Checked Off My Norway Bucket List: Drive the Atlantic Road!

I’ve been fascinated by the Atlantic Road on Norway’s west coast since I learned about it a few years ago. It looked like a real life rollercoaster ride hopping from island to island along the outermost edge of the coast. Bad weather seemed to make it even more extraordinary.

Photo credit: www.visitnorway.com

The road is one of Norway’s 18 official national tourist routes. It opened in 1989, and in 2005, it was voted Norway’s “Engineering Feat of the Century”. It is built on several small islands, skerries, and landfills and is spanned by seven bridges. Many consider it one of the world’s most beautiful drives as well.

We came at it from the north via Kristiansund after a visit to Trondheim. We drove through Atlantic Ocean Tunnel (an undersea tunnel about 3.5 miles long) from Kristiansund to the island of Averøy and made our way along Route 64 with a final destination of Molde.

A quick Internet search of the Atlantic Road will tell you it is a 5-mile stretch between Kårvåg and Vevang along Route 64 (WikipediaGoogle Maps, various articles). However, as you can see on the official site of National Tourist Routes in Norway, the full route is actually about 22 miles and goes all the way to Bud from Kårvåg on a series of smaller roads (Roads 64/242/663/238/235). The most dramatic stretch, however, is probably the 5-mile section between Kårvåg and Vevang.

Due to time constraints, we were unfortunately only able to drive the 5-mile stretch. Bad weather during our stay in Trondheim meant we had to use the morning of our departure for some must-see sightseeing and so we got on the road much later than planned. Also, we were delayed by an unexpected ferry ride which added some down time to our drive.

We didn’t get to the start of the Atlantic Road until 6:30PM! Yes, it stays light late during summertime, but we still had to get to our hotel in Molde that day and the kids could only handle so much in a day. And our stomachs were getting hungry for dinner as well.

For us, the weather was neither good nor bad. It was cloudy and drizzled on and off. In one way, that was good because it allowed us to get out of the car without getting soaked. But, on the other hand, a beautiful evening sun and clear skies would have added greatly to our enjoyment of the area.

Despite the constrained time and lackluster weather, it was an interesting experience to drive along the Atlantic Road and I’m glad we went out of our way to do it, but I was a little underwhelmed and feel it merits a revisit. Part of the reason I felt a little underwhelmed was that 5 miles is a very short stretch after 4 ½ hours of driving from Trondheim. Had we had time to drive and explore the full route I’m sure we would have felt it much more worthwhile.

The family along hiking path on Eldhusøya with Storseisundbrua in background

For us, the highlights were a short walk around the island of Eldhusøya and the drive over the main bridge Storseisundbrua. The island of Eldhusøya has an elevated path that goes around the island and provides views of the open ocean beyond. Along the path, there is a memorial to those lost at sea (and even a geocache!). Storseisundbrua is the longest bridge on the route and the route’s symbol. As you hit to crest of the bridge, you get a wonderful view of the road and the many little islands ahead. Too bad there wasn’t a stopping point there. Another interesting bridge we crossed was Myrbærholmbrua. It has specially built fishing walkways on either side. Had we had more time I would have liked to park and walk along them to see what kind of fish they were pulling in.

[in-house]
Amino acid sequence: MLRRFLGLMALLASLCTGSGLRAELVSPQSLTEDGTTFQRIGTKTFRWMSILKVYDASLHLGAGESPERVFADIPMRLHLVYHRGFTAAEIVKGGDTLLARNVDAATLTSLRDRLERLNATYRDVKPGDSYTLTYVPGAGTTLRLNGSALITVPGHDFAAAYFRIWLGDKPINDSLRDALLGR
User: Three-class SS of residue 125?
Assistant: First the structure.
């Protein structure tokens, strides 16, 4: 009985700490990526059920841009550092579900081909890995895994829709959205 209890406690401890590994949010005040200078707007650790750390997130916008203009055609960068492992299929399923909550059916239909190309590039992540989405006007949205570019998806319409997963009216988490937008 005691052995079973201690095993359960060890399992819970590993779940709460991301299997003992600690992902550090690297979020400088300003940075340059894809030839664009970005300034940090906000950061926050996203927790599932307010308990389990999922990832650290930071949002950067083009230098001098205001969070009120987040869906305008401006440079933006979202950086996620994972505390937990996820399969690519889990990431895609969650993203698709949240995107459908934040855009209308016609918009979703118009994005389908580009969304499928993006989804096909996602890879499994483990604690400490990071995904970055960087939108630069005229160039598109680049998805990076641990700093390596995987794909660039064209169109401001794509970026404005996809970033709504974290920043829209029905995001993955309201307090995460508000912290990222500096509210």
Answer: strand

At the top of Storseisundbrua with a view of road and small islands ahead

The rest of the tourist route after we turned off for Molde seems to have some interesting attractions as well: Hågå with the broken-looking serpent-like marble sculpture called Columna Transatlantica, Askevågen at the end of the breakwater with glass walls for protection against the weather and spray, and Kjeksa with paths and steps leading down to the edge of the sea. They all seem worthy of visits. (Photo credits for images below: Nasjonale turistveger)

Once back in Los Angeles, my aunt shared with me a Norwegian article and video from Møre og Romsdal Reiseliv’s website describing seven “fresh experiences” you should make time for if you’re visiting the Atlantic Road.

As seen in the video, they recommend making time for the following activities:

  1. Float 550 meter around Eldhusøya (walk the elevated path)
  2. Go deep sea fishing with an expert (or fish off the walkways on the bridges)
  3. Visit the coastal town of Håholmen (and eat clipfish and experience Viking culture)
  4. See the artwork Columna Transatlantica
  5. Bike or hike the coastal trail at Farstad
  6. Windsurf or kitesurf on Farstadstranda
  7. Hike to the top of Stemshesten for an alternate view of Atlantic Road

One of those experiences, the Eldhusøya visit, we did have a chance to do, and others would not have been appropriate for our family, but I would have loved the opportunity to visit Håholmen, hike the coastal trail at Farstad, and see Columna Transatlantica with our own eyes (does it really look like toothpaste as my kids believe?). Those activities are on my list for next time.

My tips for travelers headed to the Atlantic Road – make sure you have lots of time to enjoy and explore and plan to drive the whole 22-mile route. If I have the opportunity to return to the area, driving the whole route with time to spare will be top priority. I would even consider bookending my visit with nights in Kristiansund and Molde (or maybe even on Håholmen) so that I could have a whole day along the route. The Atlantic Road deserves so much more time than we were able to give it, but I really enjoyed the introduction to it.

Barcelona and Salvador Dalí right here in Los Angeles!